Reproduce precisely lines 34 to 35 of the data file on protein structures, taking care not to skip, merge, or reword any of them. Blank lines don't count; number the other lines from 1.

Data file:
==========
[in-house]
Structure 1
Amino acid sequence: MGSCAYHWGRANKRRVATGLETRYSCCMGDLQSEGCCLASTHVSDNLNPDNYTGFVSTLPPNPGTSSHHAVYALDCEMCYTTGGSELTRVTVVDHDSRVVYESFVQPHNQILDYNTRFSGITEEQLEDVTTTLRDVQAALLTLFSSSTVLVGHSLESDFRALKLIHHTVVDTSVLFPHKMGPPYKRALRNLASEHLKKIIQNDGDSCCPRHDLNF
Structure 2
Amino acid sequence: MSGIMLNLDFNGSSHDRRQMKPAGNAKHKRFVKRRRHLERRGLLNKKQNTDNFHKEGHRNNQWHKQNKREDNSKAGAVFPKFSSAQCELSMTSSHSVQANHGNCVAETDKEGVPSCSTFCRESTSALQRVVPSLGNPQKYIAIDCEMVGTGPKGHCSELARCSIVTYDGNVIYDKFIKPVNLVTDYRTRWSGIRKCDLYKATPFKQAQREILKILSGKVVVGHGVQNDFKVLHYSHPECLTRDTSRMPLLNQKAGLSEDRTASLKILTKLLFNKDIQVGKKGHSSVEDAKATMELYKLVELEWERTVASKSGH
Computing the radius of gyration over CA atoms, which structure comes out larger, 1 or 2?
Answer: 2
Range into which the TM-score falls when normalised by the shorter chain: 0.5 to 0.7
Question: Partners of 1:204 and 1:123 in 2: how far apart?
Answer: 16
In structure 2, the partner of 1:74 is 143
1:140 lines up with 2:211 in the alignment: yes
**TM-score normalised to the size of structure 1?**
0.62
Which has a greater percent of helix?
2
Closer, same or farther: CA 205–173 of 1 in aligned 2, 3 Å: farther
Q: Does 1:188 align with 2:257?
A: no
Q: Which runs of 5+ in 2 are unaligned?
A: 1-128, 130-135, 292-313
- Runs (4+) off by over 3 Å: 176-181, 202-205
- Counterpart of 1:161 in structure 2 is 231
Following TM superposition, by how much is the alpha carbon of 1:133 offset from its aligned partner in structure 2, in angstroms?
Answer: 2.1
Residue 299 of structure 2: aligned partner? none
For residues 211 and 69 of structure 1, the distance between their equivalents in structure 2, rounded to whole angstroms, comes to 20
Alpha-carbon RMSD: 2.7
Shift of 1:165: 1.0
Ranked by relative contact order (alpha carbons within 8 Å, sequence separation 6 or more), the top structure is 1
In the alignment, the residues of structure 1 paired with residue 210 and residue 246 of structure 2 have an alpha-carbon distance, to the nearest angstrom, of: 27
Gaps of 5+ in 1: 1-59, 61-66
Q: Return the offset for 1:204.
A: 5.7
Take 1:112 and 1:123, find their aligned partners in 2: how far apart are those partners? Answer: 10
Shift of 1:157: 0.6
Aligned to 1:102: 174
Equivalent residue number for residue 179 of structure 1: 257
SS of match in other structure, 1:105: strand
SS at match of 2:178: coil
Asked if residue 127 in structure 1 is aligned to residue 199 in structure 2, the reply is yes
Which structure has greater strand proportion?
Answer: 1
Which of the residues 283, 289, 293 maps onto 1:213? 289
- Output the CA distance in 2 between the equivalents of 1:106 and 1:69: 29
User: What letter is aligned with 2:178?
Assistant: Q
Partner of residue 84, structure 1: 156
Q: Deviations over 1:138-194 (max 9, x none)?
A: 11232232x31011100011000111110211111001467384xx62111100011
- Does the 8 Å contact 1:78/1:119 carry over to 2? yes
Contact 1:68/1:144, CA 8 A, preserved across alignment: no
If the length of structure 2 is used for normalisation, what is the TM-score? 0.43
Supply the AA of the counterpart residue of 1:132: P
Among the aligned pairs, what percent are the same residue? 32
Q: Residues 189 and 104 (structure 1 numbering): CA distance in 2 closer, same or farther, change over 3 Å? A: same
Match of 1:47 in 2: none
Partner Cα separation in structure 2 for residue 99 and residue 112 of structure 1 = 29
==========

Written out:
A: 5.7
Take 1:112 and 1:123, find their aligned partners in 2: how far apart are those partners? Answer: 10